Ohio-born, Nebraska-raised Robert Henri studied at the Academy before studying and traveling in Europe, where the expressive brushwork of Velázquez and Hals influenced his work. After settling in New York, Henri adapted this style to modern-day subjects and portraits. With a cadre of students and friends - some of whom had also studied at the Academy - Henri organized an independent group exhibition in 1908 at the Macbeth Gallery in New York to protest the conservative exhibition policies of the National Academy of Design. Although described as The Eight, the artists were later dubbed the Ashcan School because their attention to scenes of modern life. After 1909, Henri began to experiment with an increasingly vibrant palette based on advanced color theory, an approach vividly apparent in "Wee Maureen," the portrait of a child from the Irish village of Dooagh, which Henri visited yearly. The grave but charming painting triumphantly unites Henri's interest in color with the thick impasto and bold handling that had marked his entire career - as well as remaining a testament to the artist's empathy with his subjects. An influential teacher, Henri published his lectures on art in 1923 in "The Art Spirit."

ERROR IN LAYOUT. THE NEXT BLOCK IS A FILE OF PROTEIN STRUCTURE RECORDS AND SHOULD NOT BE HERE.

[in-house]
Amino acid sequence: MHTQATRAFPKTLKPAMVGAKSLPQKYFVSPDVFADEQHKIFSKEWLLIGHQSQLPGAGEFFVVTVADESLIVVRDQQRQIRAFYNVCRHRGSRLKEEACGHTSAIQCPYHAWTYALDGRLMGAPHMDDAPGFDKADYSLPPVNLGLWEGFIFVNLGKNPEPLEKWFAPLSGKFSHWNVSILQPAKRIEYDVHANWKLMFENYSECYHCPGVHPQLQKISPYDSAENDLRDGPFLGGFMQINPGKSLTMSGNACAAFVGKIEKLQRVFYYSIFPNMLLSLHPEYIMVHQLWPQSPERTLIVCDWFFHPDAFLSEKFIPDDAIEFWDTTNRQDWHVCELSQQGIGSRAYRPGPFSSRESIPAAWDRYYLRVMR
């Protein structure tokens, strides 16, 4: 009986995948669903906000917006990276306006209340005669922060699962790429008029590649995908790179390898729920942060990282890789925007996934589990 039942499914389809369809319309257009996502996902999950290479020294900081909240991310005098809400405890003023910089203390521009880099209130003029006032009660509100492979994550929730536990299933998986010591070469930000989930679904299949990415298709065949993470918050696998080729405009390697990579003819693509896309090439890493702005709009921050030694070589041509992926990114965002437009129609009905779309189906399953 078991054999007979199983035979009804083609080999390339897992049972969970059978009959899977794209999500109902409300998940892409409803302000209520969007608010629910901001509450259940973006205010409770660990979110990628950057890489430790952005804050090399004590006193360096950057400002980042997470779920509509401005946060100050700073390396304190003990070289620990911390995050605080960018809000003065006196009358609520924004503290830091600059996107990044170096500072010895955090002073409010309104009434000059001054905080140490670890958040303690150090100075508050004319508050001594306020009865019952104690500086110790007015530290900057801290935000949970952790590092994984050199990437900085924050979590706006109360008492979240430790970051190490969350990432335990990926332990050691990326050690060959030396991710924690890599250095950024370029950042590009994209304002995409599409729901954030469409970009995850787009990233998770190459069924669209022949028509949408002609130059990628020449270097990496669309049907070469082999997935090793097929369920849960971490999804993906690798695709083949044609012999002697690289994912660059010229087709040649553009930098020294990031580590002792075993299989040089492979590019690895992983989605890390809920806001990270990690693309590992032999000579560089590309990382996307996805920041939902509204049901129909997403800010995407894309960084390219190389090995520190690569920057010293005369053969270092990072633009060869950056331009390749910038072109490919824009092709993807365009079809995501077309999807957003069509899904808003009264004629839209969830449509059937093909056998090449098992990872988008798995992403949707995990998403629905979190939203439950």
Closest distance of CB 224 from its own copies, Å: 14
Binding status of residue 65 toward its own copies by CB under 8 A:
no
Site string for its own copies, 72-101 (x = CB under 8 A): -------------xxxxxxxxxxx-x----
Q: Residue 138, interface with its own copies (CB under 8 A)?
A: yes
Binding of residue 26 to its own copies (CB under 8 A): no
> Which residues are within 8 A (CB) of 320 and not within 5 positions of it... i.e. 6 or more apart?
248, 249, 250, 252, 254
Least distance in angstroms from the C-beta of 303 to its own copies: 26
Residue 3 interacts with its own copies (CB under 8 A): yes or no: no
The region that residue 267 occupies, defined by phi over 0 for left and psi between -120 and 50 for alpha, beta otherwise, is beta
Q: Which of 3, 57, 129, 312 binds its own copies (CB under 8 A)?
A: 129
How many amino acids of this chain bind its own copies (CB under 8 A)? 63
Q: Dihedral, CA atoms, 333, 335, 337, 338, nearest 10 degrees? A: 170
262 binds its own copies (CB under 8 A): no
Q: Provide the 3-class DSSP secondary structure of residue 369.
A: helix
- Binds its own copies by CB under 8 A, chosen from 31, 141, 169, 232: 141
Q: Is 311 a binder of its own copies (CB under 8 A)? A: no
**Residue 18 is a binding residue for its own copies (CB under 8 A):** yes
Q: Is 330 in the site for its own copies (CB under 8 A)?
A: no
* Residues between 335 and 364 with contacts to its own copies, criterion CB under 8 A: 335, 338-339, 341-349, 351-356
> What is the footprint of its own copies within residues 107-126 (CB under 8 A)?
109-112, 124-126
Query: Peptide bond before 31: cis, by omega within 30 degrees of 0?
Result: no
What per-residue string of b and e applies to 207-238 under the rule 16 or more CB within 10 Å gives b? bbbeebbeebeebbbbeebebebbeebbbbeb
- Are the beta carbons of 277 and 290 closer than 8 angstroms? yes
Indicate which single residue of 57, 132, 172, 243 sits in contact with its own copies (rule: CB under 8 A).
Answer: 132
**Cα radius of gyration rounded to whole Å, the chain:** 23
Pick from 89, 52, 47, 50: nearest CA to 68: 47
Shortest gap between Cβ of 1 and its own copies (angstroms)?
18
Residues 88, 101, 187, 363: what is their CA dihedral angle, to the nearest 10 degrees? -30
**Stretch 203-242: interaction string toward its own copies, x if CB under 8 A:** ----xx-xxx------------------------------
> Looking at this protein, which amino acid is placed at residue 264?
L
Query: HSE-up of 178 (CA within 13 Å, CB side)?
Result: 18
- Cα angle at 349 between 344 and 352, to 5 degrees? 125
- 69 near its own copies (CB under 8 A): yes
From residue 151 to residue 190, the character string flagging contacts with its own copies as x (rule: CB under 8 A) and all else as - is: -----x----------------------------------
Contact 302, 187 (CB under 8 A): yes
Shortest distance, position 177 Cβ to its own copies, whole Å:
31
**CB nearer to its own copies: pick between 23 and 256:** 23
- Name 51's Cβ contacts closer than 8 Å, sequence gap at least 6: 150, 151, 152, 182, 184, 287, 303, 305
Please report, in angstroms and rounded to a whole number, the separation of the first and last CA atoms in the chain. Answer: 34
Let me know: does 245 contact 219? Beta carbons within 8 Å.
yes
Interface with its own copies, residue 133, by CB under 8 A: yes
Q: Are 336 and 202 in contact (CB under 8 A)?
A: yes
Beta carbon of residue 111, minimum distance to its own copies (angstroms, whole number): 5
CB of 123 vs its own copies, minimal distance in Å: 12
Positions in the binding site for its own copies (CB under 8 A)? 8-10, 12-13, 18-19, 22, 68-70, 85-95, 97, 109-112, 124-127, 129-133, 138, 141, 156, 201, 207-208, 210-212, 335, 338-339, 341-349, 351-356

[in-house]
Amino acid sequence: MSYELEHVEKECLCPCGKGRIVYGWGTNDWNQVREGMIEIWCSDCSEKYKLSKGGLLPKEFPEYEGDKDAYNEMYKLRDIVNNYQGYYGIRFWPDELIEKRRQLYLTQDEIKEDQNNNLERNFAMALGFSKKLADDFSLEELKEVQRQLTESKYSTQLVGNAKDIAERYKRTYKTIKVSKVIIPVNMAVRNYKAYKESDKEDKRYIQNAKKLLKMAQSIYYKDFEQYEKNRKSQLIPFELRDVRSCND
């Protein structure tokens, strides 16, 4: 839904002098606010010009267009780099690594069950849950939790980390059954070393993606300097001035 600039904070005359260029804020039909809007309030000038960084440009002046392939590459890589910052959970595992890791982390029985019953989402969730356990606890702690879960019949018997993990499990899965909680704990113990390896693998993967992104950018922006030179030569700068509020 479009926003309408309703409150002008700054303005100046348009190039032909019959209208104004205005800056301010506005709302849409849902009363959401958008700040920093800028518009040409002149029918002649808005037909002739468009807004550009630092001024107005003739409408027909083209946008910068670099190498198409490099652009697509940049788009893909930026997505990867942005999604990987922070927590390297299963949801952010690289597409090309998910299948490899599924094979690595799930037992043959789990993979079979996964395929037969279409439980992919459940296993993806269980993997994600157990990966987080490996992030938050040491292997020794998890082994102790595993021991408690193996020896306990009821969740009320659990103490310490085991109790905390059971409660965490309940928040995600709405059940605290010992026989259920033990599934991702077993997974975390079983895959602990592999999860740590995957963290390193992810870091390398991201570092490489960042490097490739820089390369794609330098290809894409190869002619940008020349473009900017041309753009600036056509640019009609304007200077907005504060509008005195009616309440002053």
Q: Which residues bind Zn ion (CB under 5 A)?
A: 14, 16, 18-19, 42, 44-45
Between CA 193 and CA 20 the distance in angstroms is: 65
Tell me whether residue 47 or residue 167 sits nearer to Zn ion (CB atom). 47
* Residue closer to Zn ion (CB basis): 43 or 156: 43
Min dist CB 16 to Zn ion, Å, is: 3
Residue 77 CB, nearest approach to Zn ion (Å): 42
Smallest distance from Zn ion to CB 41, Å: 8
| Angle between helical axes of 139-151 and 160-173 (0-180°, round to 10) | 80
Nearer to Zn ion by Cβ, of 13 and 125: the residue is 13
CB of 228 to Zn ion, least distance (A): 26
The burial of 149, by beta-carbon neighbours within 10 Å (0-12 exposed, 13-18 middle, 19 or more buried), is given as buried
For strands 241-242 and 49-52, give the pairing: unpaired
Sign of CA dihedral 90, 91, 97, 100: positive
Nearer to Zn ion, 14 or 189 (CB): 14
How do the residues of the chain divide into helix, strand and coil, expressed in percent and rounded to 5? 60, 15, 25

Date of Birth
Oil on canvas
24 x 20 in. (61.0 x 50.8 cm.)
Gift of Mrs. Herbert Cameron Morris
No known copyright restrictions